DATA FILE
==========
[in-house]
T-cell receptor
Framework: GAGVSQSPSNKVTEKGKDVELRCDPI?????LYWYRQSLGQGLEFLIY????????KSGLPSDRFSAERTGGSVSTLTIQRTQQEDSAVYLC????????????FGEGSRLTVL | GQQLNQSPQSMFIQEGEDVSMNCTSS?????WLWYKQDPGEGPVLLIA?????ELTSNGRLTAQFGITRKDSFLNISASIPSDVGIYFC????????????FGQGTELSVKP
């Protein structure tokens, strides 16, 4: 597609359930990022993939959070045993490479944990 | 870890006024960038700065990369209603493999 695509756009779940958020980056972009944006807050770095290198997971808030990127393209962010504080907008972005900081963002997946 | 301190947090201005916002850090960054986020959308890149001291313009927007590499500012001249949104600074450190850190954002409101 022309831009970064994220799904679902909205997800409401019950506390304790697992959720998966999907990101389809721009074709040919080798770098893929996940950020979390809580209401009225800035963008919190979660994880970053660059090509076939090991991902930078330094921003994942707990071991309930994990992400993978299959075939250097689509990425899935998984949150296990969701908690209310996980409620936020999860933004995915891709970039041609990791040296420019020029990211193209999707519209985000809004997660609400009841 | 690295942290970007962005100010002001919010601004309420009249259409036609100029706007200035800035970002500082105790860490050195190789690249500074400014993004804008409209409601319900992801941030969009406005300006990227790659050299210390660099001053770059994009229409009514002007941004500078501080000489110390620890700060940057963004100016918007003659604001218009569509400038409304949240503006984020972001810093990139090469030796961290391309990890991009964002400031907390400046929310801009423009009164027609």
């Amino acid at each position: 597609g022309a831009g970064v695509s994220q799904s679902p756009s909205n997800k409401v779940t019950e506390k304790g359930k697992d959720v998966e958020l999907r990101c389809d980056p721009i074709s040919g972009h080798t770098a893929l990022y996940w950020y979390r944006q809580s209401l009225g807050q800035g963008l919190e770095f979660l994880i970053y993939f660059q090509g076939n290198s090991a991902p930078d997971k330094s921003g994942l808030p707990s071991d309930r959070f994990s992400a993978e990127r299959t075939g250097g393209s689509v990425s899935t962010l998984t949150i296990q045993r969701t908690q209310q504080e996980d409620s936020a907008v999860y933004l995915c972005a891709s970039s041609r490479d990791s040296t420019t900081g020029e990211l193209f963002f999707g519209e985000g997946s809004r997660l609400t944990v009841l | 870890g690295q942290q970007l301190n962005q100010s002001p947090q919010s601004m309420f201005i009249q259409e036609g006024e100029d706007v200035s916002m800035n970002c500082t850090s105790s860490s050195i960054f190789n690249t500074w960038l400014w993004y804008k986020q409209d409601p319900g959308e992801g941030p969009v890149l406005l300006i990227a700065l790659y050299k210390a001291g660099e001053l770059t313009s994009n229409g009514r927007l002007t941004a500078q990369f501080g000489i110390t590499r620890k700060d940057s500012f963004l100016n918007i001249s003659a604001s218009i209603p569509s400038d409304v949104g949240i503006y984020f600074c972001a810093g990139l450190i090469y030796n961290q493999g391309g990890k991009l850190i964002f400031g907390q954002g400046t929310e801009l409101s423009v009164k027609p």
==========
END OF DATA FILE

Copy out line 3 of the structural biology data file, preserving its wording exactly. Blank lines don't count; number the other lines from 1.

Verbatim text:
Framework: GAGVSQSPSNKVTEKGKDVELRCDPI?????LYWYRQSLGQGLEFLIY????????KSGLPSDRFSAERTGGSVSTLTIQRTQQEDSAVYLC????????????FGEGSRLTVL | GQQLNQSPQSMFIQEGEDVSMNCTSS?????WLWYKQDPGEGPVLLIA?????ELTSNGRLTAQFGITRKDSFLNISASIPSDVGIYFC????????????FGQGTELSVKP